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Why I'm Done Apologizing for My Invisible Illness

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I’m over apologizing for my invisible illness.

The words “I’m sorry” have left my mouth so many times over the past two years. But while others use these words to apologize for mistakes, I’ve been using them to apologize for my invisible illness.

Two years ago I was diagnosed with ulcerative colitis, a form of inflammatory bowel disease, after undergoing an emergency operation to remove my large bowel after it was found to be 30 minutes from perforating.

I was given a stoma bag, of which I lived with for 10 months, before undergoing a reversal to join me back up and remove the bag.

But bag or no bag, I’ve still found myself apologizing for an illness that is out of my control. The words “I’m sorry” have come about in many situations involving my illness.

I have lost count of the amount of times I have felt the need to apologize to people angrily waiting outside for me to finish up in the disabled toilets, only to find out I’m not physically disabled. People don’t seem to understand the concept of invisible illness – or at least judging by the looks I’ve received I’m assuming so, and therefore I’m often looked at dismissively, with people believing I’m using the disabled toilets selfishly.

Because of this, I always find myself apologizing upon leaving the toilets, before they can even say anything, just to calm the situation before I’m made to feel ashamed and embarrassed.

I apologize for my invisible illness when I feel too sick to go out with friends, despite looking well on the outside. For me, it’s not just a case of telling them I’m unwell. It’s hard when you look OK to explain that you don’t feel OK on the inside – especially when it’s a regular occurrence. To convince these people that you are pulling out of socializing to benefit your health, you end up going all out with a detailed explanation.

Thinking about it, this really sucks. Because, if you were to have a broken bone or a bad cold, you wouldn’t need to apologize – people can see you’re unwell and therefore wouldn’t think any different. Life with an invisible illness is a whole different ball game entirely.

Of course, these aren’t the only two examples of feeling the need to apologize. Work commitments, family events and feeling ill in public are all often occurrences – and ones that leave you feeling incredibly guilty.

But thinking about it, why should we feel guilty? Why should we apologize for an illness that is totally out of our control? We didn’t ask for the diagnosis – the diagnosis chose us. And all we can do is live with it the best we can.

I’m done apologizing for my invisible illness. I’ve come to the realization that sadly, people are always going to judge. Often wrongly, I know, but there’s no escaping the fact it’s going to happen.

And with this in mind, I am choosing to stop apologizing to these people when it’s likely they’re not going to believe me anyway.


The writer standing in front of a mirror, with her ostomy.

At the end of the day, why do I care whether these people believe I’m sick or not? I wouldn’t have to justify living with a visible illness, so why should I have to justify mine just because you can’t see it to the naked eye?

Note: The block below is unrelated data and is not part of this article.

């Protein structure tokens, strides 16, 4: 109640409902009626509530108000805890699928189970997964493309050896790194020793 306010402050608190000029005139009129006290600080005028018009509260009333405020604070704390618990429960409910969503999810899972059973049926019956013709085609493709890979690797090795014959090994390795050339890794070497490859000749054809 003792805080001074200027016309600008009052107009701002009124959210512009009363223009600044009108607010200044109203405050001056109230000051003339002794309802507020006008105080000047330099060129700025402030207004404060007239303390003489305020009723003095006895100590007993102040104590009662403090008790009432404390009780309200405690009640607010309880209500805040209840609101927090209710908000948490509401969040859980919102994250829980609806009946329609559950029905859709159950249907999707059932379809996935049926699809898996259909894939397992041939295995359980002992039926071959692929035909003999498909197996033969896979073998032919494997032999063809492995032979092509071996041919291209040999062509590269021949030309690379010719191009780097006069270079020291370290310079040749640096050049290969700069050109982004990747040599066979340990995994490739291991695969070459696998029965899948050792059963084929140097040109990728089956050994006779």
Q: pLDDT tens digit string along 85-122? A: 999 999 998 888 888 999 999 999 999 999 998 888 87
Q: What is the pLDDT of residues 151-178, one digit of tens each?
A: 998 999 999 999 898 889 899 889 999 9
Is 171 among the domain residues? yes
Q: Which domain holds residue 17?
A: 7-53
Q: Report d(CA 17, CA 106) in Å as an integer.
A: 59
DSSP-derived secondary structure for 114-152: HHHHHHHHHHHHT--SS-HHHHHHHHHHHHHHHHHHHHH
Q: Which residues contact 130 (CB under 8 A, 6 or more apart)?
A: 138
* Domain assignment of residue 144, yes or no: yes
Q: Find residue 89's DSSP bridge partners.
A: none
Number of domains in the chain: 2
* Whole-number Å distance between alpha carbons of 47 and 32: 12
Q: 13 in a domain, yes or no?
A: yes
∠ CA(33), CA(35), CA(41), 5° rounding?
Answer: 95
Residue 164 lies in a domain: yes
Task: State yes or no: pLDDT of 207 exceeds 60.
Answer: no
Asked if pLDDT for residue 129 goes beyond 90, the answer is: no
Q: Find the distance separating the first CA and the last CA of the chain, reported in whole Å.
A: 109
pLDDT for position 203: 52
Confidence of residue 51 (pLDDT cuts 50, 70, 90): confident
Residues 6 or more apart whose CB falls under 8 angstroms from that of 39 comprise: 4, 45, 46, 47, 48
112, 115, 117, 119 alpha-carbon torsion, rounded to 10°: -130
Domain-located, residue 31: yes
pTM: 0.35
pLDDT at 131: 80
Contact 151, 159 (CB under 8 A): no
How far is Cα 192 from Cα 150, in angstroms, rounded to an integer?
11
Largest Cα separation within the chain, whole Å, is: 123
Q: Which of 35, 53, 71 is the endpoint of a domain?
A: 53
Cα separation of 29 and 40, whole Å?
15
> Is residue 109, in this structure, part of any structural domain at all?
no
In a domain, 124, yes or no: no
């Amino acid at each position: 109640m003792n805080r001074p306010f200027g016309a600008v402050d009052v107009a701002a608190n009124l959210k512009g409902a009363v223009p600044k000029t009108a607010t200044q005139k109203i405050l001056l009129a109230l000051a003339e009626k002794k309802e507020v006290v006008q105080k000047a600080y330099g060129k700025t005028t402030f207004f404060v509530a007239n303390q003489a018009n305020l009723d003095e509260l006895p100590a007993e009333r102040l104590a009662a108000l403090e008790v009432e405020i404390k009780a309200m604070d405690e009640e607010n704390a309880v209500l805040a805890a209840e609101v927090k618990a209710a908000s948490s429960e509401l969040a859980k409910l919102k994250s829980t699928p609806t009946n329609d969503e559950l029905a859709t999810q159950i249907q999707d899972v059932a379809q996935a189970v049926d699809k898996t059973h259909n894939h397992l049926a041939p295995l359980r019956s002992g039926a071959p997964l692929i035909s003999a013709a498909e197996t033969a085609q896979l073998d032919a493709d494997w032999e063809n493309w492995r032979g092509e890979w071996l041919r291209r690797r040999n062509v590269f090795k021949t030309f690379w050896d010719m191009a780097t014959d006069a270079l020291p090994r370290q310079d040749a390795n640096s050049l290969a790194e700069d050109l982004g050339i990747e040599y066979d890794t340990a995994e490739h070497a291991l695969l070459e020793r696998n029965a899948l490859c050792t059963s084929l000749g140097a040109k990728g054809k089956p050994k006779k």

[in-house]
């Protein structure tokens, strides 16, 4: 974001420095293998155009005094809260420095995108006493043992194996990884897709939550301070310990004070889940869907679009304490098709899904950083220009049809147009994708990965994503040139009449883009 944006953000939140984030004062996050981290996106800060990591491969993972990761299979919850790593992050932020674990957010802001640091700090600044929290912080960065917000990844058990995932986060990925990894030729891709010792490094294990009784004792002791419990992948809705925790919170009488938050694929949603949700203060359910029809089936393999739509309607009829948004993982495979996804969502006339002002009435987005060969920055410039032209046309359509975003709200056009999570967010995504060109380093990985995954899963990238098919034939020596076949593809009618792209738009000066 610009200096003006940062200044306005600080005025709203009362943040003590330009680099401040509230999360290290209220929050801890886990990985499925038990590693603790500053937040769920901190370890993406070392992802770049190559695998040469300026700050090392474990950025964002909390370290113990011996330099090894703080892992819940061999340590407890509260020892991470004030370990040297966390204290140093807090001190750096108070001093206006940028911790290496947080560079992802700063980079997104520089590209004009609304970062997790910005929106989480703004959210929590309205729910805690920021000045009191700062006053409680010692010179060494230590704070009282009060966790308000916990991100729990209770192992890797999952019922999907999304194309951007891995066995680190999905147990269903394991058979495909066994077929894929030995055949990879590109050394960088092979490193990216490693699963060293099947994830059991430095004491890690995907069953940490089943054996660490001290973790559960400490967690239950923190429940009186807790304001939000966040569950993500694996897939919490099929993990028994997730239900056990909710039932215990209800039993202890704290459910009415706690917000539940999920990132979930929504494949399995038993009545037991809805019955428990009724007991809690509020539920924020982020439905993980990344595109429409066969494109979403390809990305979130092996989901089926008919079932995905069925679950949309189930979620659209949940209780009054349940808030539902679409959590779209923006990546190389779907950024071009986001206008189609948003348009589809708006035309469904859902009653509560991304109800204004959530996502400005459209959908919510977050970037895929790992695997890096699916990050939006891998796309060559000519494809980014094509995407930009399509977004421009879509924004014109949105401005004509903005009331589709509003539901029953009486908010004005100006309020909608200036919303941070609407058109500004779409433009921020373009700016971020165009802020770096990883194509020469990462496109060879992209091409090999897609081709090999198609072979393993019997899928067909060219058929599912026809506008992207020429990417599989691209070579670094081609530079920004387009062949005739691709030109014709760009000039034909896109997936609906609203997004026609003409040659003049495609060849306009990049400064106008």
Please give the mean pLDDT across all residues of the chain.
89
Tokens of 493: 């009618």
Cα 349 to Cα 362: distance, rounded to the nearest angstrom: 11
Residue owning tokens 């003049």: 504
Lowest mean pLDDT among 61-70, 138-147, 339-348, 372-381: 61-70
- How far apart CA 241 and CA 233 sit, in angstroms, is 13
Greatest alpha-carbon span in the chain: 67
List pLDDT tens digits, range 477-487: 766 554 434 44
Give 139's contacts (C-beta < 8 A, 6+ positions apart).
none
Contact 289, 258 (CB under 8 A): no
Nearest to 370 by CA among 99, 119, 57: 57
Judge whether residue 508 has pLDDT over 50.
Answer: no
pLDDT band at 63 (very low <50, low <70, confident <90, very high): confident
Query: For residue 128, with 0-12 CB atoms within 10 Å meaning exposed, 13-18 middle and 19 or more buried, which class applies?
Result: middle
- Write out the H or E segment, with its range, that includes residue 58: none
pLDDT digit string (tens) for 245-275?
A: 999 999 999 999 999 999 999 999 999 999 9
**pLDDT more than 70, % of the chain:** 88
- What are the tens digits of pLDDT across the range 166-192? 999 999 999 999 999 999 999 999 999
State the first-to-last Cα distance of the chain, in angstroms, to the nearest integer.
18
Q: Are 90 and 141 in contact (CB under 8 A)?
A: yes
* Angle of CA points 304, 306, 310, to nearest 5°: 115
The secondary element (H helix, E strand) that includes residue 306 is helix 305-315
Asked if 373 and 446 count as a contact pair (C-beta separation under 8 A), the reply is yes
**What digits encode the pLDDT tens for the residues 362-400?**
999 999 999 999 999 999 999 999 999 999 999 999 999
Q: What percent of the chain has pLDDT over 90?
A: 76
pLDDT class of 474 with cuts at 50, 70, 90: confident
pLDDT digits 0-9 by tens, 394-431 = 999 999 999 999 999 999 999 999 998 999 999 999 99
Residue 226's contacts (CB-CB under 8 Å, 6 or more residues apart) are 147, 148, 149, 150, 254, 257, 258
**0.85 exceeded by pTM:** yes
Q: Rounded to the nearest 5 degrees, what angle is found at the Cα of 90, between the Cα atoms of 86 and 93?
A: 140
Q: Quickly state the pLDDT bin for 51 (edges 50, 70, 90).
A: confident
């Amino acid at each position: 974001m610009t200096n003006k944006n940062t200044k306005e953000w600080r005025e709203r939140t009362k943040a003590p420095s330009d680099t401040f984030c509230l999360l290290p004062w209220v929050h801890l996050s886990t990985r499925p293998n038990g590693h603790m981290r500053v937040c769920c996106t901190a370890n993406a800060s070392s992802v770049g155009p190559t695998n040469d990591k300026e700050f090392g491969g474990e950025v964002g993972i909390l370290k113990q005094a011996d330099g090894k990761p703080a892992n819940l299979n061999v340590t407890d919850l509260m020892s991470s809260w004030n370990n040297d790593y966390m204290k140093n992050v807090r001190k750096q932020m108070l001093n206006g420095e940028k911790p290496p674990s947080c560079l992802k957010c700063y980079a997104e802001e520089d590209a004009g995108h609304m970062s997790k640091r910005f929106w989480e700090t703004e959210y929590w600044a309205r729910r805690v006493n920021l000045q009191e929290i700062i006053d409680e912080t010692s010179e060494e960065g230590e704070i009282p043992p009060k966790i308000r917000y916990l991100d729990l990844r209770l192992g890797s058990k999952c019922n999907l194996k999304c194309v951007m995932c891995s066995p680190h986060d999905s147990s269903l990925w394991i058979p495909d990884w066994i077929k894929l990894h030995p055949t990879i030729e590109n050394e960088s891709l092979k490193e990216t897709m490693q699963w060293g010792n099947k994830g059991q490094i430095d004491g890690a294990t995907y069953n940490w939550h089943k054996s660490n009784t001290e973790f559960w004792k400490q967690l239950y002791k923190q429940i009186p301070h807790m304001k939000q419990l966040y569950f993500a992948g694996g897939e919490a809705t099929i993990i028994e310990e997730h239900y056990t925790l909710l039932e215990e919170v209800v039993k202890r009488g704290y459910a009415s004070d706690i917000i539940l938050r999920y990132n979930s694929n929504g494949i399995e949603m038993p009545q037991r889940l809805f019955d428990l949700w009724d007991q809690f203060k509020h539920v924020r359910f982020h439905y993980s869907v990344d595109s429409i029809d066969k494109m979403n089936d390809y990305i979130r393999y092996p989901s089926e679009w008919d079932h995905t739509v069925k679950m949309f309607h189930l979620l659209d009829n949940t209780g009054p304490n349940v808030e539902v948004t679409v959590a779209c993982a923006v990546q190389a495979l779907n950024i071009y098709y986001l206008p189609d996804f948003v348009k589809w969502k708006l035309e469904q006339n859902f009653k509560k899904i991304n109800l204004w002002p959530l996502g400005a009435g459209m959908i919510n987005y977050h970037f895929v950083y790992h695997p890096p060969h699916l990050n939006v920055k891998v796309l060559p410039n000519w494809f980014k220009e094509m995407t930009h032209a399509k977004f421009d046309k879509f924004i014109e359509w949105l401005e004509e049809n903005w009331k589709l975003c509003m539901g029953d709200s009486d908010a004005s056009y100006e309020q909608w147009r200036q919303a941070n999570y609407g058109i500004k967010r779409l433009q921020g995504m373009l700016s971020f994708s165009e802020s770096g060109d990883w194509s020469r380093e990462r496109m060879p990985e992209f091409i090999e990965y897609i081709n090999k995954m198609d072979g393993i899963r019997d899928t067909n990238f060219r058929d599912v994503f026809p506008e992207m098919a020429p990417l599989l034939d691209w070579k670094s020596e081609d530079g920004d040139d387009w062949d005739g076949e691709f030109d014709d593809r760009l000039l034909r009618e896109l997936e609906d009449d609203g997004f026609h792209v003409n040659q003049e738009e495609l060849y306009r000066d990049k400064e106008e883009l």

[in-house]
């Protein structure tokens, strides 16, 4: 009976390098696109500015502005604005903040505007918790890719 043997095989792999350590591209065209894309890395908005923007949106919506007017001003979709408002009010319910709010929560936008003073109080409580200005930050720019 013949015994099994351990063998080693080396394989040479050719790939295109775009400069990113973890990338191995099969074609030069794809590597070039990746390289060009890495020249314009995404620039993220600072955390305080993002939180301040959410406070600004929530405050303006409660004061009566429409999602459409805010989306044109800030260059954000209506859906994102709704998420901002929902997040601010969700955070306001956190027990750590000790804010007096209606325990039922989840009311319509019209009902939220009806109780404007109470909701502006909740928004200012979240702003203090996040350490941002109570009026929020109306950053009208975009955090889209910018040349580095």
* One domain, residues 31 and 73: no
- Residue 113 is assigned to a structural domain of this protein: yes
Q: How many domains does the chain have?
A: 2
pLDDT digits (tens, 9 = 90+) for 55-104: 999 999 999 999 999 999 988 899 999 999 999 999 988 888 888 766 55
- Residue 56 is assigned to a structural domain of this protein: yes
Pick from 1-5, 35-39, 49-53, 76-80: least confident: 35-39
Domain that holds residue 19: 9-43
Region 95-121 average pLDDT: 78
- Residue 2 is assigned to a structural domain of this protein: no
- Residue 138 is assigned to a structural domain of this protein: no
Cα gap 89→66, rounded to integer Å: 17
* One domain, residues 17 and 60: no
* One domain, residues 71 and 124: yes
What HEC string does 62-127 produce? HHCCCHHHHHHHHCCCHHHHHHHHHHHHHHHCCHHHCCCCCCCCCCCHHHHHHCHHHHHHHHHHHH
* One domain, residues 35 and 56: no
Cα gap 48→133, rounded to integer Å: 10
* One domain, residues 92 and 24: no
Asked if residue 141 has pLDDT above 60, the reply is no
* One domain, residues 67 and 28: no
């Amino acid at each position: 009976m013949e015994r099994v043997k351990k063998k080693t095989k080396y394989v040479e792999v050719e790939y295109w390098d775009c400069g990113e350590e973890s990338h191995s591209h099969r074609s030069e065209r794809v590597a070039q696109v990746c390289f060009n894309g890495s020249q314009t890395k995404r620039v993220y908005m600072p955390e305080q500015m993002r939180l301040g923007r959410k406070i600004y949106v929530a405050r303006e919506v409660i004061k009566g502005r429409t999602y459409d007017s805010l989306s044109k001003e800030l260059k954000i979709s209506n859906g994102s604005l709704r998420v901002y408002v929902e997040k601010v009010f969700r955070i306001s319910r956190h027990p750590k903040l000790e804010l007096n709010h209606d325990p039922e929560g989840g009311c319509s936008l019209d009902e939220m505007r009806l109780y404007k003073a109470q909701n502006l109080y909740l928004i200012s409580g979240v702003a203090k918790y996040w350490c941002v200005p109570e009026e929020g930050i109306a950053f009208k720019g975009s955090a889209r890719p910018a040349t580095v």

I’m over apologizing because quite frankly, living with an invisible illness is hard enough in itself without having to make it about other people. I’m over feeling guilty just because people may not understand that I need to take time out for myself. And the truth is, if these people don’t understand, they’re not worth my time anyway.

But overall, I’m just tired of apologizing for an illness that I have to live with every day. Sure there’s some good days, but when it’s bad, the last thing I want to have to do is make things worse by worrying about what other people think. That they’ll think I’m making it up to get out of an event, or just wanting a day off of work to lounge around doing nothing.

I’m tired of fearing my illness is not visibly serious enough to give myself recovery time. It’s time to put a stop to these feelings of fear and guilt and start thinking about ourselves.

Just because an illness is invisible, it doesn’t make it any less serious.

There will always be people out there who won’t understand – but let’s take the time to educate them instead of hiding away in fear of their negative judgement. If they query you on the use of disabled toilets or the likes, tell them a bit about your story.

They can choose to accept it or disregard it, but at the end of the day, they may go away with a little information they were ignorant towards before – and that’s something truly great.

But most importantly, please just stop using the words “I’m sorry” to people who don’t understand you’re unwell on the inside. You should not be ashamed, worried or feeling guilty about living with an invisible illness.

Forget the outside world, focus on yourself. The sooner you stop feeling bad about living with an invisible illness, the sooner you can focus on yourself, and ensuring your sole focus is on feeling as well as you possibly can.

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Thinkstock Image By: lekcej

Originally published: August 23, 2017
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